RARA-AVIS: . . . excursions

Myshmysh (Myshmysh@aol.com)
Thu, 22 Jan 1998 14:07:12 EST Just returned from Sweden and a less hardboiled burg than Stockholm I've never
been in. You'd think the 18 hours of darkness would be good for the bad, but
the Swedes just ain't wired that way. (However, in a funny twist I talked to
a couple of people about the "plague" of youth-violence they're experiencing.
A young man of what the Swedes call "mixed parentage" (in his case
Colombian--Swedish) told me all about his fights because of his skin color.
An older man earlier had told me in essence "boys-will-be-boys" while fondly
remebering the dance hall he frequented in his youth in order to beat up the
boys from the next town over. The more things change . . . )

Anyway, enough sociology. The reason I write today: Leaving Sweden I needed
reading material for the long trip USward. In a newstand at the airport there
was a whole f**king wall of english language paperbacks, many of them
acceptably HB. I snagged Ellroy's autobio _My_Dark_Places_. I'm not much of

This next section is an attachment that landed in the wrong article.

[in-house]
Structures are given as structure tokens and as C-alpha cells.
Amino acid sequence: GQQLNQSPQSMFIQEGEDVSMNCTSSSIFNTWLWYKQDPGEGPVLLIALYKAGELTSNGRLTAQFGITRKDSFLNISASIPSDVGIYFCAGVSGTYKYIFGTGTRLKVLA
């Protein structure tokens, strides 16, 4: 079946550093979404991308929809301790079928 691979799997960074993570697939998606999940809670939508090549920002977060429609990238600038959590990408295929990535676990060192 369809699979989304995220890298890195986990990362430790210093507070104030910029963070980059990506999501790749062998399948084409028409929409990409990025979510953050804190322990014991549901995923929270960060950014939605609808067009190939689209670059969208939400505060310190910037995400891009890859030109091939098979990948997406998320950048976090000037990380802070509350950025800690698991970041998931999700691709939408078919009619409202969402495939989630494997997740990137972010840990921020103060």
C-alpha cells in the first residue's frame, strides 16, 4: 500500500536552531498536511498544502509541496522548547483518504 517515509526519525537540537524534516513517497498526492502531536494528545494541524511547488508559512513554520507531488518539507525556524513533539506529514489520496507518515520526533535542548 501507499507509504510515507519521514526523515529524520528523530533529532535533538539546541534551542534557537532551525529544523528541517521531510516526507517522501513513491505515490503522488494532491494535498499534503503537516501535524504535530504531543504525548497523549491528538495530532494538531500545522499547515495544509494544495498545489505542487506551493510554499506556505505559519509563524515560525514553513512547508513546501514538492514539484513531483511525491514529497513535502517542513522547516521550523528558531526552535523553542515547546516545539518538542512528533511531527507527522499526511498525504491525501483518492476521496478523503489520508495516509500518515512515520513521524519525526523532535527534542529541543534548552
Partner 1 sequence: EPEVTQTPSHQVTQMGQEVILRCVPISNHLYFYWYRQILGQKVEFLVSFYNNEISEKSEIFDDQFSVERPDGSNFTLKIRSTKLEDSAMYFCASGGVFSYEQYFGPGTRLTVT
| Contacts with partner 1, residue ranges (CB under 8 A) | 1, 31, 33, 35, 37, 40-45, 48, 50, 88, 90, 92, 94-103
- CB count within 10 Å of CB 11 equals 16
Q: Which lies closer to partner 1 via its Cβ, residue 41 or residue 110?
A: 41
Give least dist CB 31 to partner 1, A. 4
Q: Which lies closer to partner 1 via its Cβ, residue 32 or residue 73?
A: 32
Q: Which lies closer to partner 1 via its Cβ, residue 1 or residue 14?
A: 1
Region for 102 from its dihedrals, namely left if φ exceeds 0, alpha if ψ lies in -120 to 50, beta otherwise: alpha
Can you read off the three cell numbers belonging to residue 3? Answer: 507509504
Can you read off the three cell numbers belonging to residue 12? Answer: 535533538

a fan, but being stuck on planes for a day was a good place to give Ellroy
another go.

What a fascinating book. Ellroy's style suits the autobio pretty damned well,
better I think than his novels. This is old news to many of you, but I had
not realized his mother was murdered when he was a child, that he was a petty
criminal and drug addict, that he writes about his very real demons rather
than imagining new ones (I know someone on this list must have mentioned
these; like I said, I'm not a fan so probably wasn't paying attention, curse
me). Hellfire, I recommend this one heartily despite the fact that his editor
left in way too many pronoun mistakes.

Catching up:
Thanks, Mr. Reasoner, for reminding me that Grimjack was John Ostrander's. I
didn't get all the way to Sable this X-mas, but remember it fondly, though
don't recall it being nearly as HB as Grimjack. I'll dig Sable out next time.

Frank Miller has done a lot of good work over the years. Too good. I share
Mr. Reasoner's impression that Dark Knight had an undue and rotten influence
on comics (what? those weren't your words?), especially the superhero genre.
Unambiguous escapism is harder to come by these days. It didn't take long for
life to invade the four-color world once First Comics refused to follow the
Comics Code in the early 80s, while at the same time eschewing the label
"adult". Why, anyone can walk into any comic shop and buy Sin City!


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